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Irish shoppers turn to cheaper cuts of meat in light of cost of living crisis

Shoppers are moving into cheaper protein meats and cheaper cuts, said one retailer’s spokesperson.

IRISH CONSUMERS ARE turning to cheaper cuts of meat and own-brand labels to beat the cost-of-living crisis.

Last month, upmarket British chain Waitrose reported that sales of fish heads were up an “incredible” 34% on last year, while spam sales rose by 36%.

The supermarket added that the “use-it-all trend” and a move to cheaper slow cooking seemed to be behind sales of beef shin, ox cheek and lamb neck increasing by 23%, 9% and 4% respectively.

“We’re seeing some big changes,” said Waitrose executive director James Bailey.

Similar changes are afoot on Irish shores.

In a statement to The Journal, Tesco confirmed that it is “seeing a trend with customers seeking out value in their shopping”.

This includes some shoppers “moving into cheaper protein meats and cheaper cuts within the chosen meat categories”.

Tesco also reported increases in sales of value cuts like mince, diced and stewing meats in recent months. 

Lidl has also seen an increase of “traditionally cheaper items” like mince, but a spokesperson told The Journal that the retailer has “seen an increase in sales volumes across all meat and poultry”.  

“For example, we are seeing growth in joints and steaks, particularly as the weekend approaches, which is perhaps indicative of more people choosing to cook at home instead of eating out,” said Lidl’s spokesperson.

Meanwhile, Tesco Ireland says it has also seen a “shift into own label brands in categories such as breakfast meats”.

These consumer changes come at a time of soaring grocery inflation.

In the 12 weeks to 3 October, Kantar found that grocery price inflation hit 12.4%, the highest level seen since Kantar started tracking the data.

Kantar’s recent data also found that 32% of shoppers in Ireland admit they are ‘struggling’ to make ends meet. In March of this year, that figure that was 23%.

As a result, Kantar says that in the 12 weeks to 3 October, sales of retailer own-label lines “jumped” 7.2%.

Kantar noted that “retailers in Ireland continue to respond to consumer demand for value with increased emphasis on own-label ranges”.

A spokesperson for Tesco Ireland told The Journal: “In line with the market, we are seeing some indications of customers switching to Tesco own brand products, including Low Everyday product lines, standard brand, as well as Tesco finest, across many categories.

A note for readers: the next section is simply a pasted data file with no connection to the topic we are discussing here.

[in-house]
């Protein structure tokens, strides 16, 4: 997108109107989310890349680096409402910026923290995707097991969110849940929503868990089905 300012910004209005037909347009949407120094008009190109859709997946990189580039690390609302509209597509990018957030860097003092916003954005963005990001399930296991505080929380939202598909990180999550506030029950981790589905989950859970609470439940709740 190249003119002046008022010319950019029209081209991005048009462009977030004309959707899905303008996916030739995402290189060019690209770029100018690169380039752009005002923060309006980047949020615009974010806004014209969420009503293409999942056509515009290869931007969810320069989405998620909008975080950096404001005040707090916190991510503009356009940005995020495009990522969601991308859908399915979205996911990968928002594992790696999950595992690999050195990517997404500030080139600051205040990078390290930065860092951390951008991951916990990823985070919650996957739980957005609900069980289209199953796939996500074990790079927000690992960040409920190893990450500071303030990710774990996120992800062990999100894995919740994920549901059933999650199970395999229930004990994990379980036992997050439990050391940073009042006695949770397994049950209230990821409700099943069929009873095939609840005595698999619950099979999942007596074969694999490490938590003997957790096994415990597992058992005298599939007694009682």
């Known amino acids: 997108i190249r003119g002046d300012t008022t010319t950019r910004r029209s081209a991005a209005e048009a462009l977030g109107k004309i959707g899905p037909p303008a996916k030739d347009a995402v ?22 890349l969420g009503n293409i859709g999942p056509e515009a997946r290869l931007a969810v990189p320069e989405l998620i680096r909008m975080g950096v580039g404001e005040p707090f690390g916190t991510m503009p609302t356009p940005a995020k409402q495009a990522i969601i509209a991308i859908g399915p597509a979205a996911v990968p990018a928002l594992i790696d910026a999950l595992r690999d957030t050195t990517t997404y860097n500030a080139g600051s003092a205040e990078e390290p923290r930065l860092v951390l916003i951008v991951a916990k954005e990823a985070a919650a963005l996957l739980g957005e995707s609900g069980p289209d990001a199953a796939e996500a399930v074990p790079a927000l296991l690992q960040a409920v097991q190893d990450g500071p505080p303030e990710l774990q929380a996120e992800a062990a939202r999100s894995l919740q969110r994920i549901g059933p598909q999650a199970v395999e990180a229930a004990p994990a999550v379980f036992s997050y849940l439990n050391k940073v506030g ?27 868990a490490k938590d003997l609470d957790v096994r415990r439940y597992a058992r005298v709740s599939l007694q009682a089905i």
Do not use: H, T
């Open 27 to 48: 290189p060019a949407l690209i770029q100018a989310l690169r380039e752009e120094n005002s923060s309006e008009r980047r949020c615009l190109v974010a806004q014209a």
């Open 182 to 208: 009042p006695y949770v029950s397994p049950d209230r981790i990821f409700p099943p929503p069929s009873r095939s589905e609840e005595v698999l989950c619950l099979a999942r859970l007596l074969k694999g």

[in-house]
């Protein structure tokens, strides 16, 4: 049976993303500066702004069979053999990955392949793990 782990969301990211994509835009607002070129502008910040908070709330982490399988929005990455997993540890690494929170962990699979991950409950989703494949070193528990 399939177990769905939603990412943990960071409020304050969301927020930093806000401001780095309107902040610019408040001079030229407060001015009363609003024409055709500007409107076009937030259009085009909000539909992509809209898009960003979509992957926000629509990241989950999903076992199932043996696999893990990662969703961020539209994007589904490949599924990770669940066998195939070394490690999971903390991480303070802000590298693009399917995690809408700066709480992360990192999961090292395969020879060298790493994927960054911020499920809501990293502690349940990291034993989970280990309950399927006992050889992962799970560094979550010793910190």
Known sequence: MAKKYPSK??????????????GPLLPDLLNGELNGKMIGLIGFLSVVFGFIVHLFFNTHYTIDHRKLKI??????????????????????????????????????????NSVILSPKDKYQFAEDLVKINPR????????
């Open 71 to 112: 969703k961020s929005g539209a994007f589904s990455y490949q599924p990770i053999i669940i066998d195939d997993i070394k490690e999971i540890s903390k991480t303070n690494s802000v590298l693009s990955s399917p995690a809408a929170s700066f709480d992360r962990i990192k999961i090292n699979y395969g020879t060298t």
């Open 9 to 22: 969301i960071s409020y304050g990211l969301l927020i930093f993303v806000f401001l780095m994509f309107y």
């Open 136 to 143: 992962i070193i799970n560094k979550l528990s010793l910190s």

“With household budgets under increasing pressure, now more than ever we have a responsibility to ensure customers get the best possible value.

“We are absolutely committed to helping our customers manage their budgets, by keeping a laser focus on the cost of the weekly shop.”

The spokesperson said these efforts include the “recently announced new price-lock commitment, freezing the prices on hundreds of everyday products until 2023”.

While the spokesperson said Tesco Ireland works “collaboratively” with suppliers to “minimise impacts to our customers,” they acknowledged that “commodity price increases, changes to input costs, and the impact of global demand can lead to price increases.”

Elsewhere, an Aldi spokesperson pointed towards the recent Kantar data that shows “28% of households say they are struggling to make ends meet due to rising grocery costs.”

Aldi has encouraged shoppers to make “significant savings” by opting for the supermarket’s own-label products over branded goods.

An Aldi spokesperson said this could save households nearly €100 a month.

The spokesperson also noted that “people are shopping more but buying less”, which they say is an “indicator of consumers being more proactive in managing their finances”.

“Non-essential goods such as spirits, wines and ciders are all seeing reduced volume of purchases, while sales of fresh meats such as lamb are also down,” said the Aldi spokesperson.

They added: “Aldi has also seen more consumers choosing to purchase own-label brands rather than eliminating the product entirely from their shop.”

“Across the board, we’ve seen shoppers adjusting their behaviours in response to the cost-of-living crisis,” said Andrew Barling, Insights Manager at Aldi Ireland.

Barling added: “The discount retailer points to farm inputs and output prices as having a major impact on costs, alongside the continuing fallout from Covid and the war in Ukraine.”

Meanwhile, Niall O’Connor, Group Managing Director at Aldi Ireland, warned that “the Irish grocery market is experiencing unprecedented cost pressures at present”.

While he conceded that Aldi is “not immune to this,” he added that the retailer is “doing all we can to shield our customers and keep prices low”.

O’Connor claimed that Aldi is “absorbing price increases on a range of products at a significant cost to the business, while selling many products at cost as a result of increased supplier prices”.

He also pointed to increases on a number of core products like milk, butter and bread, which he says are “driven by increased commodity prices including oil, energy and grain costs”.

“While we are at the mercy of increasing costs,” said O’Connor, “we are fighting hard and are continuing to deliver on our price promise.”

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